If you want to go fishing you first have to know where the fish are. Well, the people are online. Moan and groan about it or get with the program and meet them where they are. Your choice.

“Nobody wants me. I’m too old.”

First of all, that may not be true. And even if it is, that doesn’t mean your options are limited.

Get out of your head and stop bemoaning how you’re no longer valuable. A common refrain among mature business people is the feeling that they’ve spent their life learning about business, they have skills, experience and wisdom — and they still have energy and drive. Many of them feel they’re in their prime, but they see a world they (incorrectly) think is dominated by 20 year olds.

There’s no doubt that young people today – many of them – have mad skills in technical and non-technical spaces. But what many of them lack is what mature people have in spades, emotional intelligence. The ability to be part of a team working together to accomplish something none of them could individually. Mature people have patience often lacking in younger people. Mature people experience far less drama about interpersonal situations in the workplace, too. And many mature business people are well-rounded having spent their lives dealing with a variety of business challenges. Got an HR problem? They likely have seen it before. Got an operational issue? Ditto, they likely have a wealth of experience from which to draw from.

Here’s the problem. Mature business people, those who’ve been “transitioned” out of a previous role, have lost their confidence. They’ve spent years solving a variety of problems. I regularly find mature business people who are quite skilled at approaching a problem in very effective ways because they’ve seen so many challenges before. But now they feel that their knowledge, skill, experience and wisdom is commonplace. But it’s not true.

We live in our head and know what we know. That makes it tempting to think everybody has whatever we’ve got. Until you stop to soberly consider your life experiences, in and out of the workplaces you’ve occupied, and all the business issues you’ve faced…it’s easy to discount yourself. Stop it. These are assets you’ve spent a lifetime earning. Now is the time to leverage those resources to serve you.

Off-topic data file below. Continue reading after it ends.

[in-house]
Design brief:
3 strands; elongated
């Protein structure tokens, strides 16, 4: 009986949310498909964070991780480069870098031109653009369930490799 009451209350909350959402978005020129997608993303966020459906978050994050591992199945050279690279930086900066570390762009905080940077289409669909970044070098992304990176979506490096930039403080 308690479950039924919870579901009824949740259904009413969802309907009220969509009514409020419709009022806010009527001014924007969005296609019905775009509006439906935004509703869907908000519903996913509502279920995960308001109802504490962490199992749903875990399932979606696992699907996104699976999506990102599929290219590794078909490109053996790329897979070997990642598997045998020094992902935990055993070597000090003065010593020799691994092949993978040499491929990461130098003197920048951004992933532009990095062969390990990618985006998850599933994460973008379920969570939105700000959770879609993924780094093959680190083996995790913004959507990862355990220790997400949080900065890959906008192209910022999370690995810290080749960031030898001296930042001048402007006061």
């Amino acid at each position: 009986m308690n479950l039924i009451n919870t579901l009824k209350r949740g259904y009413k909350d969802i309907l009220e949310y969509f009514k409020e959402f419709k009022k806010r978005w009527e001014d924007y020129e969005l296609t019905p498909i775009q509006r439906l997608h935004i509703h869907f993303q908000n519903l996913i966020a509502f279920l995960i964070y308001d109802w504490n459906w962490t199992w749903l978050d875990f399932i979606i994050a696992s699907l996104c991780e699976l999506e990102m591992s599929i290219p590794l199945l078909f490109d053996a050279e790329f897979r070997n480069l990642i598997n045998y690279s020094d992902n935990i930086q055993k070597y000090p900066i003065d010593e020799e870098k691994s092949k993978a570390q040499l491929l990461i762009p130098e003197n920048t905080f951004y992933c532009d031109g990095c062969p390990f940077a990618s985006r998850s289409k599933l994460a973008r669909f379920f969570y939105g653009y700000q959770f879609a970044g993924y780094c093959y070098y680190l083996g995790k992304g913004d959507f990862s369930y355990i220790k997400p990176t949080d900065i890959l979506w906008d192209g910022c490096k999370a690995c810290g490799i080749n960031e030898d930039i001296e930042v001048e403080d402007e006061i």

It’s tantamount to a business owner with some valuable resources diminishing their worth. If you had battled and spent good money getting a patent on something you believed had value, would you toss is aside as worthless? Not likely. But that’s what you’re doing with your life’s experience.

Here’s the hard truth. If you don’t find value in yourself then nobody will see value in you either. You’re toast.

Get over the idiotic generalization that NOBODY wants you. The world is filled with people who don’t want you, or me, or millions of other people. Your value isn’t based on them. Except you’re letting them establish your worth. That’s your fault. And mistake.

Step 1, know yourself. I know, I know. You’d think by now you’d know exactly who you are. Sometimes mature business people are among the most confused people around in this regard. Partly because many of stumbled into our careers because we started doing something when we were young. We spent little or no time diving into such touchy feely things. And now that we’re mature we may be tempted to think it’s a ridiculous exercise. Well, it’s not. It’s critically important for you to get in touch with what you dread. I know people will tell you to find your passion, but I tend to approach it from a reverse perspective because it’s often easier, quicker and more effective. We can easily identify what we dread. It’s much harder for some people to identify what they’re passionate about. Besides, mature business people have likely spent a lot of their life doing things they’re not passionate about because maturity teaches us practicality. I’m betting you’ve done many things in your life, and done them well, but they weren’t passions for you. Nor were they things you dreaded. Dread empties your tank robbing you of energy. So when you’re self-reflecting, I’m urging you to know what you dread and steer clear of those things! While you’re identifying your dread, think about your desire. Desire fuels you. Dread robs you. More of one, less of the other. That’s the recipe.